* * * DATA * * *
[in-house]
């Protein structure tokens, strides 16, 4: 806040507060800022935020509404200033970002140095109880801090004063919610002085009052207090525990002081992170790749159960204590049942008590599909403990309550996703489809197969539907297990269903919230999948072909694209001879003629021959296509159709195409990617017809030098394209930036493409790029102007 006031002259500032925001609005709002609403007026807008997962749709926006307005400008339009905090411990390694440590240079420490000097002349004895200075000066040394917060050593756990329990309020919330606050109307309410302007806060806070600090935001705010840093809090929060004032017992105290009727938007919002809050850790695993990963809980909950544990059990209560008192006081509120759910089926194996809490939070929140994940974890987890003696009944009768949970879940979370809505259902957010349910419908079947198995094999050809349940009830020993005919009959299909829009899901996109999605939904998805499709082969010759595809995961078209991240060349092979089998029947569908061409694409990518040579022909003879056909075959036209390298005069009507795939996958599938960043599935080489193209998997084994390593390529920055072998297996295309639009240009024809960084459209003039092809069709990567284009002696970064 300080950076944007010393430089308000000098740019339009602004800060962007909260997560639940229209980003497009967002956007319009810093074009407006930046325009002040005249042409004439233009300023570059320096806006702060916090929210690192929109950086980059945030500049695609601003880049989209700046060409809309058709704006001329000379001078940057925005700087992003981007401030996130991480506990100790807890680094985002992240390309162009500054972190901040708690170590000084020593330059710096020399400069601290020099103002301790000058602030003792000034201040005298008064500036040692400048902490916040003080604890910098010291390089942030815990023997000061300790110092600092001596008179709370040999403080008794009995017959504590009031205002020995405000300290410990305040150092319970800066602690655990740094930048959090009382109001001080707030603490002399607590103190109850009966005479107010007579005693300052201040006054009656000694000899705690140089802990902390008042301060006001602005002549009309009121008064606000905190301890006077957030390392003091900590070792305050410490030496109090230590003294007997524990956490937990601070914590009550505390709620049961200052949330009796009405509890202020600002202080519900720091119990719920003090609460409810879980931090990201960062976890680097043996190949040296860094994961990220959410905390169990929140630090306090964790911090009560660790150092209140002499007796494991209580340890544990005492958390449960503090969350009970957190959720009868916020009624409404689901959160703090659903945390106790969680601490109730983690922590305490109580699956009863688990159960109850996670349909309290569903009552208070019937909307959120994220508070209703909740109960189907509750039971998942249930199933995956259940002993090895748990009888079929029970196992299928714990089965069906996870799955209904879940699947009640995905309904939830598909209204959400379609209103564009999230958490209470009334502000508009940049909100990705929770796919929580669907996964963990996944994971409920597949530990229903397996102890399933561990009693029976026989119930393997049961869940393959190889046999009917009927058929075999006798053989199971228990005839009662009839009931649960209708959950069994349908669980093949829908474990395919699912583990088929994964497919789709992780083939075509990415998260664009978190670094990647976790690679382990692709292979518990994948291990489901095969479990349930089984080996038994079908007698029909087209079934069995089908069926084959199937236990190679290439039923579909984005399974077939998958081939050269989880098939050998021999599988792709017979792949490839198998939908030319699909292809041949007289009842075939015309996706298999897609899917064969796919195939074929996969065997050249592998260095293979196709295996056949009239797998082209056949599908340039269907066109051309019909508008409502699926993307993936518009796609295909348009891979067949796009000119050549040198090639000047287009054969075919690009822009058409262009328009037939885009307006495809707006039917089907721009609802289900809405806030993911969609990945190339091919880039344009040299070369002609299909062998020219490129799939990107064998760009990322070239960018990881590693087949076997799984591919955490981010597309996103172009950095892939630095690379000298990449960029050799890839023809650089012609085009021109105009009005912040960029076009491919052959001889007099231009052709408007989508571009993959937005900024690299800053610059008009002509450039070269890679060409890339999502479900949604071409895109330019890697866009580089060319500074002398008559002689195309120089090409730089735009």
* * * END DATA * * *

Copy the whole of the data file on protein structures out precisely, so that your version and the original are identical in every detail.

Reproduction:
[in-house]
């Protein structure tokens, strides 16, 4: 806040507060800022935020509404200033970002140095109880801090004063919610002085009052207090525990002081992170790749159960204590049942008590599909403990309550996703489809197969539907297990269903919230999948072909694209001879003629021959296509159709195409990617017809030098394209930036493409790029102007 006031002259500032925001609005709002609403007026807008997962749709926006307005400008339009905090411990390694440590240079420490000097002349004895200075000066040394917060050593756990329990309020919330606050109307309410302007806060806070600090935001705010840093809090929060004032017992105290009727938007919002809050850790695993990963809980909950544990059990209560008192006081509120759910089926194996809490939070929140994940974890987890003696009944009768949970879940979370809505259902957010349910419908079947198995094999050809349940009830020993005919009959299909829009899901996109999605939904998805499709082969010759595809995961078209991240060349092979089998029947569908061409694409990518040579022909003879056909075959036209390298005069009507795939996958599938960043599935080489193209998997084994390593390529920055072998297996295309639009240009024809960084459209003039092809069709990567284009002696970064 300080950076944007010393430089308000000098740019339009602004800060962007909260997560639940229209980003497009967002956007319009810093074009407006930046325009002040005249042409004439233009300023570059320096806006702060916090929210690192929109950086980059945030500049695609601003880049989209700046060409809309058709704006001329000379001078940057925005700087992003981007401030996130991480506990100790807890680094985002992240390309162009500054972190901040708690170590000084020593330059710096020399400069601290020099103002301790000058602030003792000034201040005298008064500036040692400048902490916040003080604890910098010291390089942030815990023997000061300790110092600092001596008179709370040999403080008794009995017959504590009031205002020995405000300290410990305040150092319970800066602690655990740094930048959090009382109001001080707030603490002399607590103190109850009966005479107010007579005693300052201040006054009656000694000899705690140089802990902390008042301060006001602005002549009309009121008064606000905190301890006077957030390392003091900590070792305050410490030496109090230590003294007997524990956490937990601070914590009550505390709620049961200052949330009796009405509890202020600002202080519900720091119990719920003090609460409810879980931090990201960062976890680097043996190949040296860094994961990220959410905390169990929140630090306090964790911090009560660790150092209140002499007796494991209580340890544990005492958390449960503090969350009970957190959720009868916020009624409404689901959160703090659903945390106790969680601490109730983690922590305490109580699956009863688990159960109850996670349909309290569903009552208070019937909307959120994220508070209703909740109960189907509750039971998942249930199933995956259940002993090895748990009888079929029970196992299928714990089965069906996870799955209904879940699947009640995905309904939830598909209204959400379609209103564009999230958490209470009334502000508009940049909100990705929770796919929580669907996964963990996944994971409920597949530990229903397996102890399933561990009693029976026989119930393997049961869940393959190889046999009917009927058929075999006798053989199971228990005839009662009839009931649960209708959950069994349908669980093949829908474990395919699912583990088929994964497919789709992780083939075509990415998260664009978190670094990647976790690679382990692709292979518990994948291990489901095969479990349930089984080996038994079908007698029909087209079934069995089908069926084959199937236990190679290439039923579909984005399974077939998958081939050269989880098939050998021999599988792709017979792949490839198998939908030319699909292809041949007289009842075939015309996706298999897609899917064969796919195939074929996969065997050249592998260095293979196709295996056949009239797998082209056949599908340039269907066109051309019909508008409502699926993307993936518009796609295909348009891979067949796009000119050549040198090639000047287009054969075919690009822009058409262009328009037939885009307006495809707006039917089907721009609802289900809405806030993911969609990945190339091919880039344009040299070369002609299909062998020219490129799939990107064998760009990322070239960018990881590693087949076997799984591919955490981010597309996103172009950095892939630095690379000298990449960029050799890839023809650089012609085009021109105009009005912040960029076009491919052959001889007099231009052709408007989508571009993959937005900024690299800053610059008009002509450039070269890679060409890339999502479900949604071409895109330019890697866009580089060319500074002398008559002689195309120089090409730089735009």